Having a fulfilling creative life is not exactly the easiest thing to do. I try to make it a focus, employ discipline with myself and my practise, engage with ever broader groups of audiences and partners, do all the things you do to make it a continuum rather than a collection of isolated expressions and inspirations. But in their very natures, creative pursuits can seem to be a bit stop-go.
As with all such endeavours, when it’s ‘Go’ you can imagine life should always be like this. What were you doing, wishing things would fall into place when all that was missing was a bit of get up and go?
In all honesty, I think a little bit of guilt about something isn’t an entirely bad thing.
What can be a bad thing is when that guilt overwhelms you during the ‘Stop’ periods – even the briefest of them can leave you in a deep chasm; a deep chasm where neither can you remember how you managed to create the synthesis of language, emotion and sound that so satisfied you when you were ‘going’, nor can you envisage a time when the happy result will ever occur again.
Meanwhile, the things we try to put out of our minds with varying degrees of success – the emails sent to funders and potential collaborators, the brown envelopes stuffed with your most precious pinnacles of poetry precision dropped into red pillar boxes with the Queen’s head opening the doors of editorial offices – have lives of their own without us, and are waiting to make us feel better.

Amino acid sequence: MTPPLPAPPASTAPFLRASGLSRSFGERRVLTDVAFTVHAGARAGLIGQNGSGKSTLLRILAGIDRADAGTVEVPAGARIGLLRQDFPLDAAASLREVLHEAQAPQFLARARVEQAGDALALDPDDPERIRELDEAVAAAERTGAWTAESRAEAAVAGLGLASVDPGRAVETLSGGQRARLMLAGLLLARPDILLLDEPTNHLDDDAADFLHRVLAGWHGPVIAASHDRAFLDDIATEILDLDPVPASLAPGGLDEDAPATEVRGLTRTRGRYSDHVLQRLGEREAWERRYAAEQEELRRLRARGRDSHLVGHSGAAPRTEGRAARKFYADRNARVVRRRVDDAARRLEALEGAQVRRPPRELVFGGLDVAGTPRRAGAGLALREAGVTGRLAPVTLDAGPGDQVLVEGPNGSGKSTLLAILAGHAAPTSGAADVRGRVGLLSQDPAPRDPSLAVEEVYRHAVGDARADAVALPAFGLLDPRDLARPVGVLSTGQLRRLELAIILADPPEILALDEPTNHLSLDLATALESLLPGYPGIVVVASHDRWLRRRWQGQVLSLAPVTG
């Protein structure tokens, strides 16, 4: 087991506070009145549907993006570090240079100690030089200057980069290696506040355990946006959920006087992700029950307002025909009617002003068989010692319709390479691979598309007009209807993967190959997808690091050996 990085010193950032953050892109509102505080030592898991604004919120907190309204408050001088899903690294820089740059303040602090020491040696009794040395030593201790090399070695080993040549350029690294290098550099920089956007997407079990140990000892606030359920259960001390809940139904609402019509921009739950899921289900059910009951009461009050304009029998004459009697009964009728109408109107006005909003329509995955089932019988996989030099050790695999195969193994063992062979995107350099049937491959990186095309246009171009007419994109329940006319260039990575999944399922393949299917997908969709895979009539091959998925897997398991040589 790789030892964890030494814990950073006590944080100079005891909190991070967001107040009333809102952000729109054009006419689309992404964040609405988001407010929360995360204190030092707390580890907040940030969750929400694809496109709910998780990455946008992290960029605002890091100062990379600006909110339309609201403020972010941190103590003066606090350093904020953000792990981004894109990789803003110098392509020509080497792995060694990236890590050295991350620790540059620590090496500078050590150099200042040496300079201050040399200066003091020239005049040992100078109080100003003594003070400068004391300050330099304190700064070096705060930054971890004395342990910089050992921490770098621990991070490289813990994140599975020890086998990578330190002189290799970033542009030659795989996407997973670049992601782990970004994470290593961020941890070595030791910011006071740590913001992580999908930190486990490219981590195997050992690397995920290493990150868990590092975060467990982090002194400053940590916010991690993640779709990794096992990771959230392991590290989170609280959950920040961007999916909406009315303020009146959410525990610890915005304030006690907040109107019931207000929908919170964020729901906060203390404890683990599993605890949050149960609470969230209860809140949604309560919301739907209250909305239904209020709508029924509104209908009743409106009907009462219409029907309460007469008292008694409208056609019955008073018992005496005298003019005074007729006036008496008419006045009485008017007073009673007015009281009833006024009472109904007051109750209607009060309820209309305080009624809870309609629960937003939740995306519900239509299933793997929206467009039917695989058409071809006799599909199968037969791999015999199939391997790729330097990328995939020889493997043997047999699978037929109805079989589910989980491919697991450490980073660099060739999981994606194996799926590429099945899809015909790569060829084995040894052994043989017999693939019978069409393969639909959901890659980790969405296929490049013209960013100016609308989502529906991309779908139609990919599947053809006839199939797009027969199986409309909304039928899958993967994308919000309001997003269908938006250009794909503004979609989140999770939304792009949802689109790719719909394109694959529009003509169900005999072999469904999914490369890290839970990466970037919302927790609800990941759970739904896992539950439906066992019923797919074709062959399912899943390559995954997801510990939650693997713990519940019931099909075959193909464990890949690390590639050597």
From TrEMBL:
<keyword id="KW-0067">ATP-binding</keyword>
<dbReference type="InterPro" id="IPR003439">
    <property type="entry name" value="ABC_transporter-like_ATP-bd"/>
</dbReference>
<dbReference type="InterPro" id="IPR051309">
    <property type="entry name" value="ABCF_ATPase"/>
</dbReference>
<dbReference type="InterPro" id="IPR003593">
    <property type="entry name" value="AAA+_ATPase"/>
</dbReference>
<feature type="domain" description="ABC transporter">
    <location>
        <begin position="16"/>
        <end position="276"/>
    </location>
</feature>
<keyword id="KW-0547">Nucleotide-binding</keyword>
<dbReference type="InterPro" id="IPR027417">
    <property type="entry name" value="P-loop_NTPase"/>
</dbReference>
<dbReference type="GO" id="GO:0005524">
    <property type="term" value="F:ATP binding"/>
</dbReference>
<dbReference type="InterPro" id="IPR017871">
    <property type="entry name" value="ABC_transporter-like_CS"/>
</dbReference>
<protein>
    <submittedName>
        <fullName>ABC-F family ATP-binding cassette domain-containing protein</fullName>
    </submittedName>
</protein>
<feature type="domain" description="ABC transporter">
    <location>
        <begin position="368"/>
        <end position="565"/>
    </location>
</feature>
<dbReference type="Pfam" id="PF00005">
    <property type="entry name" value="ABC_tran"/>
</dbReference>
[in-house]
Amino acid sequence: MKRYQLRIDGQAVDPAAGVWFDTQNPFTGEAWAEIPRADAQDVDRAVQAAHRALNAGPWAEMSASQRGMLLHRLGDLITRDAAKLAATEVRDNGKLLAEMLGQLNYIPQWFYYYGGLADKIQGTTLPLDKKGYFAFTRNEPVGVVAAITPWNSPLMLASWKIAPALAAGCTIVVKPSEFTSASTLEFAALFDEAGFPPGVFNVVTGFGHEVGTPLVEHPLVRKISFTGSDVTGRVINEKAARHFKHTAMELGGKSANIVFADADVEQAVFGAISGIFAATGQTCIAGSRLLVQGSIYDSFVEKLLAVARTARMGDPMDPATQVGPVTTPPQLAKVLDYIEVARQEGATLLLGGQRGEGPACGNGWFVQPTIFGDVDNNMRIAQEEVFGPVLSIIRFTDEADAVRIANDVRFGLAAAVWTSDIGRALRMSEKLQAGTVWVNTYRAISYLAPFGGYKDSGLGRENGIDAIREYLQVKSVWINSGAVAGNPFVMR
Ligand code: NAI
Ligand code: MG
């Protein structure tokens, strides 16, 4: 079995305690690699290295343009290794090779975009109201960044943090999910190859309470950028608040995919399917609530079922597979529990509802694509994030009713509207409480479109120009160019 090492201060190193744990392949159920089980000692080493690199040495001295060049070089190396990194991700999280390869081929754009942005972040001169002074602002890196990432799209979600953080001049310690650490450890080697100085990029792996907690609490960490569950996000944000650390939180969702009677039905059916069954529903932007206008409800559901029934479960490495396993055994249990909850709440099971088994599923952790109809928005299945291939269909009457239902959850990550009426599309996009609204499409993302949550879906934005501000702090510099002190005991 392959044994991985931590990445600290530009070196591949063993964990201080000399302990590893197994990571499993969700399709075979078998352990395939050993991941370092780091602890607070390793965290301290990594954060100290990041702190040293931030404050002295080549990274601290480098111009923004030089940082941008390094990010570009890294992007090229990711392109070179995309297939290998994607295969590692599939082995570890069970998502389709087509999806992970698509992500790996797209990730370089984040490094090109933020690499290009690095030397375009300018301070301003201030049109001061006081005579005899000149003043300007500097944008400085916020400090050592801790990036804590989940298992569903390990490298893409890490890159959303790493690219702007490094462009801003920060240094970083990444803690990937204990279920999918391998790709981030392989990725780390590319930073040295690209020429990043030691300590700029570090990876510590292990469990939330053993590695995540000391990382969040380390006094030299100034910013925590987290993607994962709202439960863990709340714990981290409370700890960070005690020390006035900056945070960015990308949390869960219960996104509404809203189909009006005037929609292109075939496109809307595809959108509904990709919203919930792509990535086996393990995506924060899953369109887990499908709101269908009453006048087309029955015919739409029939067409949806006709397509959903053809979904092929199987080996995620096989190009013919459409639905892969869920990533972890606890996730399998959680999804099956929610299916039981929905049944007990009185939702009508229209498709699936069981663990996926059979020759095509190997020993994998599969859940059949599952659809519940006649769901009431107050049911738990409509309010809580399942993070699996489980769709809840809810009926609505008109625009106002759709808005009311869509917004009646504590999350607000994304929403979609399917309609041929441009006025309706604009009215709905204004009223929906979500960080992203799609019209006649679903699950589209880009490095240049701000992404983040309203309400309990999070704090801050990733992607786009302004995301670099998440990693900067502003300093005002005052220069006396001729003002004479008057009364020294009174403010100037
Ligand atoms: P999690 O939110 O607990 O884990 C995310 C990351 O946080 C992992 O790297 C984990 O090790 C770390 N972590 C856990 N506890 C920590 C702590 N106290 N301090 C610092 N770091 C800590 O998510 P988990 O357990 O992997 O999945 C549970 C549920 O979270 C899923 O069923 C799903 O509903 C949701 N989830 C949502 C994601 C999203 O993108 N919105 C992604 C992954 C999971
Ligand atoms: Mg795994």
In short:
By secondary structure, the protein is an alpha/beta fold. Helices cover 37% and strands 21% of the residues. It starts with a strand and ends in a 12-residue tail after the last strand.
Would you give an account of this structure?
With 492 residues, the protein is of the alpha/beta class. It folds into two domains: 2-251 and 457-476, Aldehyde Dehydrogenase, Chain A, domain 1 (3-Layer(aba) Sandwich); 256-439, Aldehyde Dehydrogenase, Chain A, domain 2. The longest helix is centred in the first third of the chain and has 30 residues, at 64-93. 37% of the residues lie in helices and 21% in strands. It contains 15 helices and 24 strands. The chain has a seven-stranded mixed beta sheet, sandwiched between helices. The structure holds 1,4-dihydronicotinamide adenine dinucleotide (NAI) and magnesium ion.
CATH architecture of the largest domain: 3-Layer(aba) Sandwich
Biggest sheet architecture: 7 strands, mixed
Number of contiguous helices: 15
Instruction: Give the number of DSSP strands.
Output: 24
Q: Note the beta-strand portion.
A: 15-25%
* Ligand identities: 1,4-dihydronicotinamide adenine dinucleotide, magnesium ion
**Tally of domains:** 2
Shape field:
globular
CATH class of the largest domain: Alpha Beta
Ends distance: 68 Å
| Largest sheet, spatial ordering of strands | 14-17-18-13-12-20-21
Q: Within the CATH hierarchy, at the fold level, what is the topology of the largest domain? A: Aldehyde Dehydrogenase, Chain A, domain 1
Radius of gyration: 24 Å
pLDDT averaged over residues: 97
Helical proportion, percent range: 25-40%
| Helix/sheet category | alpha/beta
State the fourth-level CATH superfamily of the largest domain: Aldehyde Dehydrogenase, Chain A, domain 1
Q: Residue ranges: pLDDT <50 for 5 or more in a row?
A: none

This happened to me on my birthday last weekend. At least three years ago I walked in to Glasgow to the Thirteenth Note to be the subject of a documentary. A friend of mine was completing a film apprenticehip with GMAC, and had been briefed to make a short documentary exploring artistic process.
Of all art forms, writing is perhaps the least dramatic, especially on a visual level. If you write, you’ll know what I mean. If you don’t, it involves a lot of sitting about, sometimes with lots of words being written down, often with none – a lot of re-reading and some head scratching and pen chewing. Picasso seducing a naked muse in his riviera studio it aint.
But Iftekhar Gafar, an Afghan film maker living in Glasgow chose to make it his focus. We spoke for a while about writing, techniques, about where and when I was in the habit of writing; I read a couple of poems, and then I sat down, wrote a poem and drank a glass of wine.
That was pretty much that, and it became at first something I was interested in seeing the end result of, then something about which I wondered whether there was an end result, and then something very much in the past, a memory I could recall but which never came near the forefront of my mind.
Until last weekend, when the end result was posted to my Facebook timeline as a birthday greeting. It’s nice to see it, and I think the team have done a good job of a tricky task they set themselves.
What do you think?